NORFOLK — In 2017, President Donald Trump tapped Barry Lee Myers to head the National Oceanic and Atmospheric Administration.
Myers, the CEO of AccuWeather, “has spent the last two decades of his life trying to gum up the ability of the National Weather Service to communicate with the people because if it does it poorly, AccuWeather can make more money selling weather forecasts,” bestselling author Michael Lewis told a crowd of 1,700 at the Ted Constant Convocation Center on Oct. 18.
Lewis said Myers’ nomination is “symptomatic of the bigger problem” with the Trump administration’s approach to governance.
“If you have no interest in the government, to the point where you don’t even show up for the briefings, and if you have no kind of mission … what rushes in is financial interest,” Lewis said. “And who’s going to show up and work for that? Only people who have some narrow reason for being there.”
Lewis, whose latest book, “The Fifth Risk,” examines the chaotic transition after the 2016 election, spoke as part of the Old Dominion University President’s Lecture Series. WHRO’s Cathy Lewis moderated the event, which was co-sponsored by the Norfolk Forum.
Trump didn’t expect to win the election.
“They didn’t have an acceptance speech on election day,” Lewis said. “They only had a concession speech.”
The day after the election, Trump fired his transition team. That eliminated the group responsible for vetting appointees – and not just high-profile candidates — of the new administration.
“One of the resumes of one of the people who got an $80,000-a-year job in the Department of Agriculture had no skills,” Lewis said. “He was a high school graduate who had been a cabana attendant at a country club, and the skill it listed was ‘pleasant demeanor.’ There was a lot of that kind of thing.”
The incoming administration also had little contact during the transition with officials from the Obama administration, who had spent six months preparing briefing books on government agencies.
This was troubling because “the federal government, … at any given time, is managing a huge portfolio of risks, some of them catastrophic,” Lewis said. “Even in the places that you think are not really critical to our lives, they’re critical to our lives.”
He pointed out that the Department of Energy – which is run by Rick Perry, who called for its elimination in a presidential debate even though “he couldn’t remember its name” – oversees the country’s nuclear arsenal and that 75 percent of the Commerce Department’s budget is devoted to the National Oceanic and Atmospheric Administration.
While admitting that the federal bureaucracy has fundamental problems, Lewis implied that putting people in charge of agencies of which they are ignorant adds fuel to a false myth about the government — and the civil servants who work for them.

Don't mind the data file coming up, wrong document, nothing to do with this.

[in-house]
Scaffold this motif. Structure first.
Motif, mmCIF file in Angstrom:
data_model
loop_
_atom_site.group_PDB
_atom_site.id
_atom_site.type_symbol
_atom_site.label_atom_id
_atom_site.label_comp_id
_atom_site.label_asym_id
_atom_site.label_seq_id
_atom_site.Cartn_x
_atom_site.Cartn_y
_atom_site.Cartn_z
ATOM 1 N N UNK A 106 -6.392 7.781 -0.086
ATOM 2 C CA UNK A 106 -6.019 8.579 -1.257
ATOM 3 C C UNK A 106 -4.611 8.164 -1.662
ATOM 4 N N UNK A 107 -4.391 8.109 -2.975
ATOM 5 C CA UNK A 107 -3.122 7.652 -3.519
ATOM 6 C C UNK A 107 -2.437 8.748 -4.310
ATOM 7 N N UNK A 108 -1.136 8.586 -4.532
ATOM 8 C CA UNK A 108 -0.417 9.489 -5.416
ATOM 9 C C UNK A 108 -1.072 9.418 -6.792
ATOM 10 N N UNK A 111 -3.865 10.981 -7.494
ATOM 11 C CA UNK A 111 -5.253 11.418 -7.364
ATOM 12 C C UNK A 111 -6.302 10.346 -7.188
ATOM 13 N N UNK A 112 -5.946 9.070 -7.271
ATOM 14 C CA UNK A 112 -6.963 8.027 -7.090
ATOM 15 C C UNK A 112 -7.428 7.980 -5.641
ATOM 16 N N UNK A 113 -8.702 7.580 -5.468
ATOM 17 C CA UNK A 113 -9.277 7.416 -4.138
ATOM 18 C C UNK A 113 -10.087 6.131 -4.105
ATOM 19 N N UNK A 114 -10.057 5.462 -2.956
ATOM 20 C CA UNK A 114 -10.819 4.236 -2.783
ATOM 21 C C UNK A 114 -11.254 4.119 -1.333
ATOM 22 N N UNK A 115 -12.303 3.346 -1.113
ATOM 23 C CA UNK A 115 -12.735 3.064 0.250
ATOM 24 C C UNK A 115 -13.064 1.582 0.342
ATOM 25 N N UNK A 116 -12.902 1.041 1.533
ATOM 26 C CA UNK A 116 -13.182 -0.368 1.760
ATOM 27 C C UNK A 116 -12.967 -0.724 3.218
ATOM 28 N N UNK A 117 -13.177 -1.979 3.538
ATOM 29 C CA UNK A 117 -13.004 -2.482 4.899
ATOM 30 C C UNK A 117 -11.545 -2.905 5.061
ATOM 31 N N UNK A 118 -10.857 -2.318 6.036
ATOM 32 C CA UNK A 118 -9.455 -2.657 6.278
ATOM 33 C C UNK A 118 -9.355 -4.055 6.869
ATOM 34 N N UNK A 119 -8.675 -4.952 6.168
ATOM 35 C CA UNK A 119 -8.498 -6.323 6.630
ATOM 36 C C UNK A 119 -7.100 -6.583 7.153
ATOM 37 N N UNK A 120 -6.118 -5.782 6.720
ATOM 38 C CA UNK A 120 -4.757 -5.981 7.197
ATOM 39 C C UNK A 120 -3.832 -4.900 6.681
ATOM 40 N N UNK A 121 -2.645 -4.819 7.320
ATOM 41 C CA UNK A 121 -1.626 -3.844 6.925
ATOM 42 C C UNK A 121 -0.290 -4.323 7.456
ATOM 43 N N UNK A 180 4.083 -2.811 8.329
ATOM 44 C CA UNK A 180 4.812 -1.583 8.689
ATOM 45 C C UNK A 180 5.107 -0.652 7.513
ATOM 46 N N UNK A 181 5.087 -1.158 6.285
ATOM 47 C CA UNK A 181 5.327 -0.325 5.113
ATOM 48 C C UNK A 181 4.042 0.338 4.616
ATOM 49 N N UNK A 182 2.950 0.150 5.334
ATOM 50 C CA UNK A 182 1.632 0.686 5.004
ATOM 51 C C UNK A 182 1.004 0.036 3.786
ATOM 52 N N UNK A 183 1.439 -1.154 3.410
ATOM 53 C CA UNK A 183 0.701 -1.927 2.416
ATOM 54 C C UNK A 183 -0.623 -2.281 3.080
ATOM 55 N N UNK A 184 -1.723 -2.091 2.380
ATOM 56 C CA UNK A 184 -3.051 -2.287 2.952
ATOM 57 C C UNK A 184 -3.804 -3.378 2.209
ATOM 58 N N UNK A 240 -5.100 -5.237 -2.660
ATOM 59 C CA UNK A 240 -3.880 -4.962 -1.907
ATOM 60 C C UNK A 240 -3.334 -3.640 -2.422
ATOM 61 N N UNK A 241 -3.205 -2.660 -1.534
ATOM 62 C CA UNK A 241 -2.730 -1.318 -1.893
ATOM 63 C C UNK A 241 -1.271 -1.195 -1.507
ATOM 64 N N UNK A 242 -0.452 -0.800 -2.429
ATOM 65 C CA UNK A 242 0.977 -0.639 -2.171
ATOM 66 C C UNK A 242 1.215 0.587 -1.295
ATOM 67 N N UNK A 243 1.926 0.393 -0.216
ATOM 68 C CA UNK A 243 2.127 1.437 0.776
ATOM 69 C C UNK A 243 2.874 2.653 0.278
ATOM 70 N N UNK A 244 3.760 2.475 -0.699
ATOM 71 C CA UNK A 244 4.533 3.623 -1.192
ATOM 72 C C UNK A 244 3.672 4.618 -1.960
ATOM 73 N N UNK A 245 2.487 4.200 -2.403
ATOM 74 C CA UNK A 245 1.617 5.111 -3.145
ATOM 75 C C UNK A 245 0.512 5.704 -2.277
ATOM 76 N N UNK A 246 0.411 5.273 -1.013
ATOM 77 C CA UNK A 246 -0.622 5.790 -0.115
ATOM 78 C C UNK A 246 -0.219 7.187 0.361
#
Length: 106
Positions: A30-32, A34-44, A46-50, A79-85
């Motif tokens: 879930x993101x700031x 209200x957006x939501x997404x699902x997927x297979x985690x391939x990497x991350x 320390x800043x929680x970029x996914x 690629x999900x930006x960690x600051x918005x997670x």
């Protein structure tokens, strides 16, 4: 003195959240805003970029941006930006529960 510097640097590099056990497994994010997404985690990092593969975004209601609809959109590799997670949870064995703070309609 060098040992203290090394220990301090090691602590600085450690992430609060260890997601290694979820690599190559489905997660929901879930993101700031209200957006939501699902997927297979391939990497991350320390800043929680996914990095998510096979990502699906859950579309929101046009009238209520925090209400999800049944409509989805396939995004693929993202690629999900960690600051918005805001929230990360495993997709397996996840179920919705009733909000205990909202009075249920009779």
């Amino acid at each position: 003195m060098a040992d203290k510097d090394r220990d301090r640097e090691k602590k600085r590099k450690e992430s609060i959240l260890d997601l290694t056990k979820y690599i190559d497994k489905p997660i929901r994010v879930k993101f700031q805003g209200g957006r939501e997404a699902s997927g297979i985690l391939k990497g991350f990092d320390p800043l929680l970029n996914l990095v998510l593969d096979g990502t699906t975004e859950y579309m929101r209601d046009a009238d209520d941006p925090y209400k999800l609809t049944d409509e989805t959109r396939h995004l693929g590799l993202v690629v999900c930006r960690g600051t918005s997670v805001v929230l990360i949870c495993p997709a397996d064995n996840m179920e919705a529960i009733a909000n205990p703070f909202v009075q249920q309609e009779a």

“The myth that’s false is that the private sector does all the innovation, does all the exciting stuff. It’s what makes the economy grow. And … the public sector is filled with dead weight, full of lazy, indolent people. The less we spend on them, the better. The truth is that almost every major economy-changing innovation starts with some public-sector grant or research inside the public sector,” said Lewis, citing the internet, GPS, solar technology and Tesla. “The very simple reason is that industry does what will pay in five to 10 years. It’s not funding the research in the future.”
He said he met many public sector employees who “could move you to tears because they have a sense of public purpose.”
Lewis, who wrote about the financial sector in “Liar’s Poker” and the “The Big Short,” was asked the biggest threat to the U.S. financial system. He said it would be if Trump threatened to refuse to repay the money the United States owes China.
“I could see him tweeting, getting up in front of the crowds he’s gathered and saying they took the money in unfair trade deals …” Lewis said. “I can already hear people cheering for him. So if this becomes a viable kind of political strategy, what happens? People start dumping dollars; people start dumping Treasury bonds.”
He said that no one questioned that the government would serve as a “backstop” when the financial crisis hit in 2008. “What happens if there’s a financial crisis without that?” he asked. “That’s a bigger deal.”
The President’s Lecture Series serves as a marketplace for ideas, featuring renowned speakers who share their knowledge, experience, opinions and accomplishments. Discussing timely topics, the series puts diversity first, showcasing authors, educators, business innovators and political figures.